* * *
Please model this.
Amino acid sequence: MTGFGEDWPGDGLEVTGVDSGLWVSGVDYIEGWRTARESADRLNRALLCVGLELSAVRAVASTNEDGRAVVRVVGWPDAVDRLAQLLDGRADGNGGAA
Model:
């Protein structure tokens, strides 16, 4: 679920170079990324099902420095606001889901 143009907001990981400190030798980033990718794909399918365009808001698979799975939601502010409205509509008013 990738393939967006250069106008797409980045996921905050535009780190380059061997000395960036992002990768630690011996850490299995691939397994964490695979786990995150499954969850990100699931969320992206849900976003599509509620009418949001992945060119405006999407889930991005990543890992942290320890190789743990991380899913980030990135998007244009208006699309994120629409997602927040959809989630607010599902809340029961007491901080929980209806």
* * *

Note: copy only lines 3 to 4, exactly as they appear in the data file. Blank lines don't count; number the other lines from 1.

Model:
């Protein structure tokens, strides 16, 4: 679920170079990324099902420095606001889901 143009907001990981400190030798980033990718794909399918365009808001698979799975939601502010409205509509008013 990738393939967006250069106008797409980045996921905050535009780190380059061997000395960036992002990768630690011996850490299995691939397994964490695979786990995150499954969850990100699931969320992206849900976003599509509620009418949001992945060119405006999407889930991005990543890992942290320890190789743990991380899913980030990135998007244009208006699309994120629409997602927040959809989630607010599902809340029961007491901080929980209806």